Ph.D. Candidate in Politics, Princeton University
Thanks for this comment Michael—I think you make a great point about risks from malevolent actors. In terms of the longermist economic growth aspect, I was thinking more along the lines of institutional quality in the 1600′s explaining a lot of the more recent economic growth trajectories, with substantial consequences for global poverty.
Thank you so much for this comment. The evidence from a bunch of good papers seems to suggest that it’s about incentives to make democratic reforms. In terms of whether EA could contribute enough money—the Carnegie and Marinov paper I cite finds small but still noticeable improvements in democracy in response to relatively insignificant increases in conditional aid from the EU (for example, going from 20 million dollars in aid to 25 million).
Thank you for this comment—I think one advantage of the Acemoglu et. al. (2019) paper published in the Journal of Political Economy (https://economics.mit.edu/files/16686) is that it accounts for the economic crises that generally precede transitions to democracy—democracies initially grow slowly as they emerge out of depressions, and then grow faster as they invest in capital, education and health. One reason existing studies had found mixed effects is that they hadn’t properly accounted for these dynamics. I think there are also strong second-order effects on global growth of democracy because democracies impose lower tariffs on other countries—especially on other democracies—and democracies rarely if ever fight each other. Peace and trade are likely to enhance global growth—though these externalities may be difficult to properly measure.
I think this a really strong argument in favor of democracy promotion. Thank you for your comment!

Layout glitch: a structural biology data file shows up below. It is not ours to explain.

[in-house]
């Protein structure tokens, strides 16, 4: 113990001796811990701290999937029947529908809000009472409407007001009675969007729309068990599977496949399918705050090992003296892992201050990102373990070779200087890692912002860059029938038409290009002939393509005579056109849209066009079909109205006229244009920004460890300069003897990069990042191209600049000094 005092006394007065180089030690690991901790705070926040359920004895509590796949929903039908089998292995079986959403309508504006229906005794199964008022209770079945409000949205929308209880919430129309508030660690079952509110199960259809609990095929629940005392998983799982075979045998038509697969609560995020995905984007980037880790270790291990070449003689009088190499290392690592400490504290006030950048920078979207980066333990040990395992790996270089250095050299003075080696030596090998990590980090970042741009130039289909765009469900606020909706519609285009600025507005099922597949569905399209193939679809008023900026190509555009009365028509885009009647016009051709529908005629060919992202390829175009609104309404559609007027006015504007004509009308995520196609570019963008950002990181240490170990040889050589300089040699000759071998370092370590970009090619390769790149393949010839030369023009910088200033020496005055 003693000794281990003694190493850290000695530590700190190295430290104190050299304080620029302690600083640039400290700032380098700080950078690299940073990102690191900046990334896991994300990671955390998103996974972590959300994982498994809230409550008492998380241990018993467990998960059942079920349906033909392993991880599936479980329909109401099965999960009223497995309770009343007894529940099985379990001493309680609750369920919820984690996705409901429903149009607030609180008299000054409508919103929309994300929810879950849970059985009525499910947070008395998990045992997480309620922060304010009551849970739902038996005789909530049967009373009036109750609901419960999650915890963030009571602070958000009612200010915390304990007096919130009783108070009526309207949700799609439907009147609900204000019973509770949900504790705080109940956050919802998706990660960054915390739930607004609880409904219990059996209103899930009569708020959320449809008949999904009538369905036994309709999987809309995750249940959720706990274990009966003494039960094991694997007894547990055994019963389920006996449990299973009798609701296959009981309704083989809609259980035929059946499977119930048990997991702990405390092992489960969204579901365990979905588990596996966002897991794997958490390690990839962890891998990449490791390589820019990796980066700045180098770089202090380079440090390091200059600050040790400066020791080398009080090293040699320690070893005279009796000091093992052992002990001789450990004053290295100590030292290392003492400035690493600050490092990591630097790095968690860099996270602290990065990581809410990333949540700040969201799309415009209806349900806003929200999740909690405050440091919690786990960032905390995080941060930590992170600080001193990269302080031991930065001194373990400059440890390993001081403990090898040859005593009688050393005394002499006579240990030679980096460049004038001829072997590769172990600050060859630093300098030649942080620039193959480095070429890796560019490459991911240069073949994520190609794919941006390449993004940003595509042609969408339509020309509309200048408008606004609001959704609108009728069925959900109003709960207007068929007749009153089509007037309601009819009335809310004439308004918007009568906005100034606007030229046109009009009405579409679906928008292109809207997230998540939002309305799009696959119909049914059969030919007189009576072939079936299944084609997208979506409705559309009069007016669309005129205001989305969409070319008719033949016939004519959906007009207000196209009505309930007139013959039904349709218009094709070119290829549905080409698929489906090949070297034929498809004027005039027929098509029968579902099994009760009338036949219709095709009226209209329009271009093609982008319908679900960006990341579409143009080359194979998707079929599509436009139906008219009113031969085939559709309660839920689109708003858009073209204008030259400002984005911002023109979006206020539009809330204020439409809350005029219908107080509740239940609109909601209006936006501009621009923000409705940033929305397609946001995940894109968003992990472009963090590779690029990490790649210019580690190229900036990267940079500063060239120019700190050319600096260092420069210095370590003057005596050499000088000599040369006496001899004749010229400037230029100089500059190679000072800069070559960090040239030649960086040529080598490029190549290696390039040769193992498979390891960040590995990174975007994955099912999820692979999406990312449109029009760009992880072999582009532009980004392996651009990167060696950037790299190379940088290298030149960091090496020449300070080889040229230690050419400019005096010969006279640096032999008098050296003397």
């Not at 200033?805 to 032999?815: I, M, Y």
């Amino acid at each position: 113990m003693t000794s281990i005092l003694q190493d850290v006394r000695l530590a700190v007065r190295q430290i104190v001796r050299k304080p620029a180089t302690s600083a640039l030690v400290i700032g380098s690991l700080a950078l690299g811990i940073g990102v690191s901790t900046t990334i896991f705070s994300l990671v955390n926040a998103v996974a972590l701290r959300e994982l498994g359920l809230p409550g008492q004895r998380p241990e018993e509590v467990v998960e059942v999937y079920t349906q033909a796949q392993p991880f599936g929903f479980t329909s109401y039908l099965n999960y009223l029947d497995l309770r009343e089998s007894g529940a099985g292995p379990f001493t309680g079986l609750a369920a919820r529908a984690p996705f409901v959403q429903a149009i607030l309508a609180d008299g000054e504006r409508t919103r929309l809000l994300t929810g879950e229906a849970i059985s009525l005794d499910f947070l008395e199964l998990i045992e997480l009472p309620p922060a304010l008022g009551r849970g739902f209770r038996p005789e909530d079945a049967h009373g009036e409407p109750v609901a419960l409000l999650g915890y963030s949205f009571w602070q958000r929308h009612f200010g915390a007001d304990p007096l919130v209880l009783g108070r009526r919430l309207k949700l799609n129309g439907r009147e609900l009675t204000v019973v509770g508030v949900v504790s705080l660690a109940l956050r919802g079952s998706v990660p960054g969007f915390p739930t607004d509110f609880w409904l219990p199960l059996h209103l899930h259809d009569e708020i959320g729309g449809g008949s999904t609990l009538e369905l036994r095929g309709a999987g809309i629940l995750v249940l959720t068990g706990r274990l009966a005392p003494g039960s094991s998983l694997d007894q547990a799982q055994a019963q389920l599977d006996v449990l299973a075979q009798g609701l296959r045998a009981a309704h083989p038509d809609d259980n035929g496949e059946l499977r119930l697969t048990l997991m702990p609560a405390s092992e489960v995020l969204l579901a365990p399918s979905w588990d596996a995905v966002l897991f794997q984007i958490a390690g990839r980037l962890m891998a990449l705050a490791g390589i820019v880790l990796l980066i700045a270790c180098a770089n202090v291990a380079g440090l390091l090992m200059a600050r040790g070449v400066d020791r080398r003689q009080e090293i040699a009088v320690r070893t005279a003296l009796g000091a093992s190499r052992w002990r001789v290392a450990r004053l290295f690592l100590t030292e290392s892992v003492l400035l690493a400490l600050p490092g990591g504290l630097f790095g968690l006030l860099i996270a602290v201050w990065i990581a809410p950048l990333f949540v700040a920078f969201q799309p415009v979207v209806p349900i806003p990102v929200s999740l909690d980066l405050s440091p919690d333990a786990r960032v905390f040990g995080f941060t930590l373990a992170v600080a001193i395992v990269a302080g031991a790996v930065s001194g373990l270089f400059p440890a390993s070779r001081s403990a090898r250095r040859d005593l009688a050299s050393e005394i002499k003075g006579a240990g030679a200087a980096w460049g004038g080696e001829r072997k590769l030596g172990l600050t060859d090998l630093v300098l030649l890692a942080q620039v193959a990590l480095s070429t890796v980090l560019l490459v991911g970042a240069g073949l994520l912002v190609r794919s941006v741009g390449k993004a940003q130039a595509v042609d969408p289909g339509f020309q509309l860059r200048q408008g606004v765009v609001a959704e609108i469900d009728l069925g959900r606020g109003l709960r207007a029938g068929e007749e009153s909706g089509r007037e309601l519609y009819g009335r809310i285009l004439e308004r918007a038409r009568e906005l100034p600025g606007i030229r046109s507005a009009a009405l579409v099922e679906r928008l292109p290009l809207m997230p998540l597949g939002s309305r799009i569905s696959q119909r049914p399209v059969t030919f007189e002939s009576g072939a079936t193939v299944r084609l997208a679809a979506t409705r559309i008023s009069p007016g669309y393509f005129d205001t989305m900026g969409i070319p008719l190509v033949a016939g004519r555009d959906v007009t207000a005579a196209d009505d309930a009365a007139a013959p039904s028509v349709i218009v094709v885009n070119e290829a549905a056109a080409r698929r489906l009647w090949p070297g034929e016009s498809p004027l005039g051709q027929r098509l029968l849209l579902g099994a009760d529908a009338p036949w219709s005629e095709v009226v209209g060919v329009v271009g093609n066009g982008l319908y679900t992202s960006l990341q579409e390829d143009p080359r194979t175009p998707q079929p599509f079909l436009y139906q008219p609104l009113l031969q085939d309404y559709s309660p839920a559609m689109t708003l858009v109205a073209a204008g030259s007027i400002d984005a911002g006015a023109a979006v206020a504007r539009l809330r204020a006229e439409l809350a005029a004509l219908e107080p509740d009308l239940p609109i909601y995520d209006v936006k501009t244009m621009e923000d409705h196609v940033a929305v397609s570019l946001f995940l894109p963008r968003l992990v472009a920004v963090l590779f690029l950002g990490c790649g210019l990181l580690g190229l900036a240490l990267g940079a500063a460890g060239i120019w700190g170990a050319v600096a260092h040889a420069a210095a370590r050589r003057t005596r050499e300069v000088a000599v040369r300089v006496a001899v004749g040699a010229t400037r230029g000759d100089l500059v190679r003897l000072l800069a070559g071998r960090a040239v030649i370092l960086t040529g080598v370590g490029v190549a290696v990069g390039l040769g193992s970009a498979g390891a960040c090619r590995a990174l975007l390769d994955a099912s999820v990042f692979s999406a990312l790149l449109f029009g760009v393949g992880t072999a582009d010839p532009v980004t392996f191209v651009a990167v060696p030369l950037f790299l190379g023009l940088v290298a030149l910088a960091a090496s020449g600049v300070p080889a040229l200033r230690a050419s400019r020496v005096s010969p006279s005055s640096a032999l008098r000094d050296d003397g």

Thank you so much for these thoughtful comments! A few responses:
While there are of course differences of opinion on this issue outside of the research community, the social science research literature universally considers Russia and Iran to be non-democratic (see for example, the Polity IV project or the recent Acemoglu et. al. 2019 Democracy dataset). These regimes might be considered “competitive authoritarian” regimes (see Way and Levitsky) or hybrid regimes/”anocracies”—the benefits of democracy stated in the article do not apply to these states. While liberal democracy is likely preferable for outcomes like democratic peace, other outcomes like higher spending on public goods are linked primarily to electoral democracy, rather than to liberal norms.
In terms of the democratic peace—it’s true that not all scholars agree with the consensus about the democratic peace—though Mearsheimer is definitely an outlier to the extent of believing power politics to be the only thing that matters (i.e. he thinks Europe isn’t at war because of US troops in Germany). Scholars that have traditionally emphasized power politics (like Robert Jervis) acknowledge that the current situation—in which powerful countries in Europe/Japan/South Korea don’t even contemplate war against one another—is unique historically and likely linked to democratic norms.
I agree on China—I think pro-democracy aid can be effective when a country is in transition, like a mixed regime (and when a country actually needs aid enough to be influenced). Conditional aid can boost the fragile institutions of new democracies and make democratic consolidation more likely ( a very important long term outcome).